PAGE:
Composers of Today: A Comprehensive Biographical and Critical Guide to Modern Composers of All Nations

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work marked by both strength and weakness. "The work, as a whole, thrills the listeners with passages that remain in the memory long after the last note has sounded. The setting of the opening stanza is one of these passages, where a harmony device, a 'fifth succession' suggested by the poet's 'heavenly harmony,' from which 'this universal fame began' unfolds successive vistas of harmonies and of tone colors of voices and instruments which do indeed respond to the thought and mood of Dryden's ode. In other hands this device might have become a piece of trifling pedantry. Mr. Josten's poetic spirit and the integrity of his creative impulse turn the device into beauty and wonder. But what is one to say of the banality of the battle music . . . of the conventionality of this passage, the distinction of that, the unevenness of style and content, coupled with some admirable writing for voices and instruments? Only that we are listening to a composer of exceptional gift finding himself."The second of the two works, introduced in 1929, revealed greater strength and less weakness. It was the Jungle, for orchestra, performed by Serge Koussevitsky at Boston. "Mr. Josten," wrote Philip Hale, "not only has musical ideas in plenty; he has imagination. . . . From the beginning to the end there is the assurance of a savagery, a wildness in tones that does not depend at all on laboriously sought-out dissonances or ear-splitting tonal explosions. . . . Jungle is an uncommonly interesting work."That Werner Josten is growing in stature as a composer was clearly proved when Leopold Stokowski performed his Concerto Sacro in 1933. This work, based on medieval mysticism, "has an effect"--I am quoting Olin Downes again--"at once severe and sensuous, much as a primitive religious woodcut conveys emotion because of its very stiffness and naiveté, the while that a child-like smile transfigures the stiff design. . . . With inspiration, with faith, the music reaches its climax, following the proclamation, at first very softly, by the piano, in primitive fifths and fourths, of a call which is like an Alleluia. . . . This is pure music, of a mystical andtender mood which is conveyed with remarkable success."While Werner Josten's compositions, to date, can be counted upon the fingers of one hand, there is already every indication that he is a composer to reckon with. His style is constantly flowering, his speech constantly gaining greater and greater sureness, his imagination continually opening up new vistas of beauty. He should assert himself strongly in modern music; what he has already composed promises an enormous richness in his future creation.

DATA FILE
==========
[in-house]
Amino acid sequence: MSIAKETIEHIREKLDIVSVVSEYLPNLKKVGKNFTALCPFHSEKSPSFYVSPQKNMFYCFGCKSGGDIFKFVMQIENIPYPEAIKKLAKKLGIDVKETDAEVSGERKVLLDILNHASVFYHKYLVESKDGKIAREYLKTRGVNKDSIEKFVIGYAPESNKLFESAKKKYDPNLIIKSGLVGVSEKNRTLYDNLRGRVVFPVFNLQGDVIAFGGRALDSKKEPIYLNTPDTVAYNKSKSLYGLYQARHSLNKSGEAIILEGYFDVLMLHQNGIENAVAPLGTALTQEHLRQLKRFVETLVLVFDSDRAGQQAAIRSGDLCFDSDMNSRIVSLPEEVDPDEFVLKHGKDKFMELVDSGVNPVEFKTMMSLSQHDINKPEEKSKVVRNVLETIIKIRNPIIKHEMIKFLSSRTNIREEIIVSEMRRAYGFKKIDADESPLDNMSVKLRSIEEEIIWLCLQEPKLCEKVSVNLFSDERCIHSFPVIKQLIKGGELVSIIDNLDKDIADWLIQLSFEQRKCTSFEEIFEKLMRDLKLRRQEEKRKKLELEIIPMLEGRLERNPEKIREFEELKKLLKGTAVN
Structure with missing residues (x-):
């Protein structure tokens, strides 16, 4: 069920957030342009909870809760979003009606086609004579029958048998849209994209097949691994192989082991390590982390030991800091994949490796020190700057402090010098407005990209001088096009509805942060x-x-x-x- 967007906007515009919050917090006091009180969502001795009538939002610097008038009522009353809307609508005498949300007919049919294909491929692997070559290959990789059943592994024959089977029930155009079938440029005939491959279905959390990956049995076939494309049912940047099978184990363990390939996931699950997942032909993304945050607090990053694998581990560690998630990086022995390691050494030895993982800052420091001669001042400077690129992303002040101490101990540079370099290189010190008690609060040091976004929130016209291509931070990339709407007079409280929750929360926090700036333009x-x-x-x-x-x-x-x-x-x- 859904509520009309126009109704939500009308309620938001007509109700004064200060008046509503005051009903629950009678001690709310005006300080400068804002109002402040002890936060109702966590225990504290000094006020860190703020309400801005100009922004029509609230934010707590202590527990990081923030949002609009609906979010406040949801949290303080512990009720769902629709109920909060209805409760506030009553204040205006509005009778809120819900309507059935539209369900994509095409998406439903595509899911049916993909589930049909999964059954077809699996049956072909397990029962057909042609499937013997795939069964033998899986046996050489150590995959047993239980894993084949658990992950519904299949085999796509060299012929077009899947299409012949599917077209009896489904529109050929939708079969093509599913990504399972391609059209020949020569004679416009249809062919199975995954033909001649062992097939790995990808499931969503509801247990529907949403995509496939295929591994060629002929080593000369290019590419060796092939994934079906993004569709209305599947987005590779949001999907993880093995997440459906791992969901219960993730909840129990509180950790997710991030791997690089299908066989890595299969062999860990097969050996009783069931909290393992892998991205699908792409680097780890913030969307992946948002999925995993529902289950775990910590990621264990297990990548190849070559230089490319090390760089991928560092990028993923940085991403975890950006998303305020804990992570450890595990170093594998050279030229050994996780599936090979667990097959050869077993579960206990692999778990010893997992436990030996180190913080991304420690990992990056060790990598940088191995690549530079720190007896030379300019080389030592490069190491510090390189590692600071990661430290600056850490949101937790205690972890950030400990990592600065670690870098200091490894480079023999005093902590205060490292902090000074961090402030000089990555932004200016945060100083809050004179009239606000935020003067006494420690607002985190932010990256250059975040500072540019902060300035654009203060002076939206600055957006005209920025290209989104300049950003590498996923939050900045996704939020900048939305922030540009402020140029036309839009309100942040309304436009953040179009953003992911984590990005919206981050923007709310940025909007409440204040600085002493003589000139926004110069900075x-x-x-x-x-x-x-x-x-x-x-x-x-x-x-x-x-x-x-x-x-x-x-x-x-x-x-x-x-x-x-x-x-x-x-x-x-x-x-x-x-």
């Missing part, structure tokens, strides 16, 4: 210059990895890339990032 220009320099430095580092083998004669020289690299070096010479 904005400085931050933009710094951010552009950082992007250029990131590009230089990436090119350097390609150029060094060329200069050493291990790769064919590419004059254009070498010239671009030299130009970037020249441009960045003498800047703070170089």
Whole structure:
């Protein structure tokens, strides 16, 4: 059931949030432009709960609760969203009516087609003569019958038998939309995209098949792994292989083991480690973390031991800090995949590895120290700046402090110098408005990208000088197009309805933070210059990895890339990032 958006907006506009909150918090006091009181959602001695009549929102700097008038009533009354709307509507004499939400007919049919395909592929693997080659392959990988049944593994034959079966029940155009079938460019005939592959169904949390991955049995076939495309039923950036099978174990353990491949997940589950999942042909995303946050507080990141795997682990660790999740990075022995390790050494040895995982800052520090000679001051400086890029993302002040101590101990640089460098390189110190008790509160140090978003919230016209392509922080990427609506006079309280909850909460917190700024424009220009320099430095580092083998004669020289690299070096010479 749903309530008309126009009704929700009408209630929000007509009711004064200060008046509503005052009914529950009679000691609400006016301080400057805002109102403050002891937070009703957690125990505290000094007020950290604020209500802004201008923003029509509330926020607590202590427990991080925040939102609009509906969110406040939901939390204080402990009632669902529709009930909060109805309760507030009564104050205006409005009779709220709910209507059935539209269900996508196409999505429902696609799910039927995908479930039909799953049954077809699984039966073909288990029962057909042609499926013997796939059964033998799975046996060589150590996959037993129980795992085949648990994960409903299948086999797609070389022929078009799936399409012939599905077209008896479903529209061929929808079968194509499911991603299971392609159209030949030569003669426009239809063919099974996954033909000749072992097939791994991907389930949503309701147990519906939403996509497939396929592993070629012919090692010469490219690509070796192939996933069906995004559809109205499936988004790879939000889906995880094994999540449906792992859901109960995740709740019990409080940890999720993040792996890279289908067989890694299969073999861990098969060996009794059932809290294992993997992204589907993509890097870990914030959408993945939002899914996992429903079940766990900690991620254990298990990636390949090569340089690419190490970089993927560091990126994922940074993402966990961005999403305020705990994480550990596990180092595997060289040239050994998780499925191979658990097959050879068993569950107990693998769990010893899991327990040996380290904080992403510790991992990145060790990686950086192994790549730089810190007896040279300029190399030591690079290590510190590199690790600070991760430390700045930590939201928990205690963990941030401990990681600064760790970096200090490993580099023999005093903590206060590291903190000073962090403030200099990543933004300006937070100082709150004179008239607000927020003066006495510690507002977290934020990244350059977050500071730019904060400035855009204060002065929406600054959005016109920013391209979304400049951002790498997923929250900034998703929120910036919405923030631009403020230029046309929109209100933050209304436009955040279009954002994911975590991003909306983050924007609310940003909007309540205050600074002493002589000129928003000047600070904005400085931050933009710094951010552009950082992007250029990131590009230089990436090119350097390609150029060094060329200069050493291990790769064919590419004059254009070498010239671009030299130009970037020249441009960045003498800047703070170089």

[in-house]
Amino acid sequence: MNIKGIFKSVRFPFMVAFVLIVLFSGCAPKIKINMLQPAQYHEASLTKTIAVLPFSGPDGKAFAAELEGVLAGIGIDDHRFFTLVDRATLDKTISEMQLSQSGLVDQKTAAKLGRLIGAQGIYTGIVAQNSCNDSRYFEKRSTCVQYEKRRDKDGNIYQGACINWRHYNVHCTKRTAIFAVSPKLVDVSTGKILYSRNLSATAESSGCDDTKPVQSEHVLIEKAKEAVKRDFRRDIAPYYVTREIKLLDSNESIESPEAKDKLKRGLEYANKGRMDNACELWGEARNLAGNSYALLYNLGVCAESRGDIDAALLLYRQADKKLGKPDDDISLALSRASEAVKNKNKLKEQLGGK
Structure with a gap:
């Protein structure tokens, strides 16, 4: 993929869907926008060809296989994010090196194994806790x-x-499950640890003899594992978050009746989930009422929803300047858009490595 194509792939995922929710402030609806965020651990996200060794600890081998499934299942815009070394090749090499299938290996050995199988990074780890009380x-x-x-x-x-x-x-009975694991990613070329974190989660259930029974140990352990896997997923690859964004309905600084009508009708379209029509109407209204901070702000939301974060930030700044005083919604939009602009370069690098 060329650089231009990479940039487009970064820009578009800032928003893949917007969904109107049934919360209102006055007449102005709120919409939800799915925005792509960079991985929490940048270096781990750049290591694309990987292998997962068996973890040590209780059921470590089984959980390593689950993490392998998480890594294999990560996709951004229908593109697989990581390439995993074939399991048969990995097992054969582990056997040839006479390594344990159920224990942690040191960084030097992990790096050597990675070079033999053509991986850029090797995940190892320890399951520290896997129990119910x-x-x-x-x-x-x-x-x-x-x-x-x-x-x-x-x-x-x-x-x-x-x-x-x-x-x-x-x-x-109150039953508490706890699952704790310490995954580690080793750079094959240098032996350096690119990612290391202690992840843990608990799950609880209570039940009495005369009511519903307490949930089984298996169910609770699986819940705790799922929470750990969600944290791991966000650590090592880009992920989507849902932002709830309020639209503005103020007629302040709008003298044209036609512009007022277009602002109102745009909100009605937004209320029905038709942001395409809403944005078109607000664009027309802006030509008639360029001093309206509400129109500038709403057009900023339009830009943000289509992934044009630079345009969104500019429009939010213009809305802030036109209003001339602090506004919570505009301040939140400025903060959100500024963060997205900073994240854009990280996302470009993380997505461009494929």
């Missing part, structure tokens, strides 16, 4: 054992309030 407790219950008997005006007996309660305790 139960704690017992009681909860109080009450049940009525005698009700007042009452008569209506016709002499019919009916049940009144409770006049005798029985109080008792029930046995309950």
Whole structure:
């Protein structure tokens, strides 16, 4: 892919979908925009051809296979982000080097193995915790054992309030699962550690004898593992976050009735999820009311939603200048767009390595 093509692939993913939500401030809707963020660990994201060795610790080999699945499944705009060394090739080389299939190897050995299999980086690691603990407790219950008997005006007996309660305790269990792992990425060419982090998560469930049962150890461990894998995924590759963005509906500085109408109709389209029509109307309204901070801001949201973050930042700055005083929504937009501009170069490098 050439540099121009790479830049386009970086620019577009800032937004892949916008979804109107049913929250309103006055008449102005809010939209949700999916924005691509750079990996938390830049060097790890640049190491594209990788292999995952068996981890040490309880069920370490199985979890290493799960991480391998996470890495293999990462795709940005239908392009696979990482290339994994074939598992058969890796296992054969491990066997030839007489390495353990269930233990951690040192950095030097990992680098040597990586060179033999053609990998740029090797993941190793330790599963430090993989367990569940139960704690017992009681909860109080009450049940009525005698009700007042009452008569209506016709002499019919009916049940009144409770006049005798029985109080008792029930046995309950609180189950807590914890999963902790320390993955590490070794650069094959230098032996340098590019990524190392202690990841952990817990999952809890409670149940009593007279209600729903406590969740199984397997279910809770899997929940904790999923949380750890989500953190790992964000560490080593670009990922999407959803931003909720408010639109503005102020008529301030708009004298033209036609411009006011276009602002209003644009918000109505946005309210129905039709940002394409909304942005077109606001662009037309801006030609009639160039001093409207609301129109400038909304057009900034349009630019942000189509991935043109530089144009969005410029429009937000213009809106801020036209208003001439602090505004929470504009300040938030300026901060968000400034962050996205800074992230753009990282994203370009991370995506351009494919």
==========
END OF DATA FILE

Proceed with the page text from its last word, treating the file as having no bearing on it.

Principal works by Werner Josten:

CHORAL: Ode for St. Cecilia's Day.

BALLET: Batoula; Joseph and his Brethren; Endymion.
ORCHESTRA: Concerto Sacro no. I and II; Jungle.

About Werner Josten:

Howard J. T. Our American Music.

New York Sun October 28, 1933; New York Times October 25, 1933.


Paul Juon 1872-

PAUL JUON, son of a prominent Moscow official, was born in Moscow on March 9, 1872. While his musical studies were begun at the Moscow Conservatory, where he studied violin under Hrimaly and composition under Taneiev and Arensky, Juon's edu

Juon: zho + ̅'U016Dn

-136-

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